FDA Grants Accelerated Approval to Controversial Muscular Dystrophy Drug

After months of advocacy and speculation, the Food and Drug Administration today granted accelerated approval to the first treatment for a rare form of muscular dystrophy. The decision pitted the passionate testimony of patients and families against an FDA advisory committee and internal reviewers who weren’t convinced the drug worked.

The approval of Sarepta Therapeutics’ drug, eteplirsen, was a huge, emotionally fraught victory for families with Duchenne muscular dystrophy — one of the most vocal and involved patient communities since the days when HIV patients pushed the agency to approve more drugs. The approval specifies that the clinical benefit of the drug “has not been established” and is contingent on a follow-up clinical trial. The process has been closely watched by parents, patient advocates and biotech investors, and has been seen as an important test case for the effort to integrate the patients’ point of view more deeply into the approval process. […]

The agency usually follows the recommendation of its advisers, whose split vote against approval was met with angry outbursts at the conclusion of a long and contentious meeting in April. The FDA missed its initial deadline to decide on whether to approve the drug and requested more data from the company, fueling a rollercoaster of rumors about whether the drug would ultimately be approved. […]

The study supporting approval was a small trial with a dozen boys who carry a gene mutation that occurs in 13 percent of the 9,000 to 12,000 boys in the U.S. with Duchenne. FDA deemed that the trial did not show improvement on a walking test, but the study did show a measurable increase in dystrophin, the protein that is missing in the disease. There was significant dispute internally at the FDA over whether that increase was likely to be a predictor of a benefit. Internal documents released as part of the approval show that, in an unusual move, the decision to approve the drug was appealed to the highest levels of the FDA — to commissioner Robert Califf. […]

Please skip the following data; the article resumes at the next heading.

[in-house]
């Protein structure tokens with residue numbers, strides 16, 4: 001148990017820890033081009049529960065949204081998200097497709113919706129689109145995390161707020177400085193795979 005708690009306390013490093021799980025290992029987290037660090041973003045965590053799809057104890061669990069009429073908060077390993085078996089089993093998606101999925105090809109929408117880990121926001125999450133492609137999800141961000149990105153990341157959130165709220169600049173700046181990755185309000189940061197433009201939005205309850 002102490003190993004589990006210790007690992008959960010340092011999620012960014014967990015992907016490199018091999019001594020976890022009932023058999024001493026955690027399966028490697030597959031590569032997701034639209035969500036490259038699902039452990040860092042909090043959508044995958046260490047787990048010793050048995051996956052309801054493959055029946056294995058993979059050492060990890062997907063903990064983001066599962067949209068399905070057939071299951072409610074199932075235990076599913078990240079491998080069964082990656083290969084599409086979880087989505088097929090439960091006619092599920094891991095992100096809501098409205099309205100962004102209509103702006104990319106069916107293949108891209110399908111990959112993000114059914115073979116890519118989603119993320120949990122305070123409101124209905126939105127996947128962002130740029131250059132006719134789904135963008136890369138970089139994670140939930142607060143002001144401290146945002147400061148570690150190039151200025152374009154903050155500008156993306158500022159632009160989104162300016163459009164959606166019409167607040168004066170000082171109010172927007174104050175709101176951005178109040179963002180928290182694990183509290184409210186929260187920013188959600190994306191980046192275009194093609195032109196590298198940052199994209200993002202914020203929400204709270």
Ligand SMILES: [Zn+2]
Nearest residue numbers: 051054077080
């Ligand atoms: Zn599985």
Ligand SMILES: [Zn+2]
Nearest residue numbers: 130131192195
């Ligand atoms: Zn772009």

But critics of the decision worry that the approval of a drug — when internal scientists and an external advisory committee have found the evidence unconvincing — could be a slippery slope.

“If this drug can be approved under those conditions, is there any drug that FDA won’t approve?” said Diana Zuckerman, president of the National Center for Health Research, a nonprofit research organization. “This drug was based on the strong lobbying of patients and the company, and time will tell whether it will really help these boys or not, and that has always been the question.”

At a meeting in April, the agency walked a difficult high-wire act, visibly struggling to strike the balance between respecting the views of parents and boys who attributed their health to the drugs while also pointing out that the data showed scant evidence of the positive effects reported. […]

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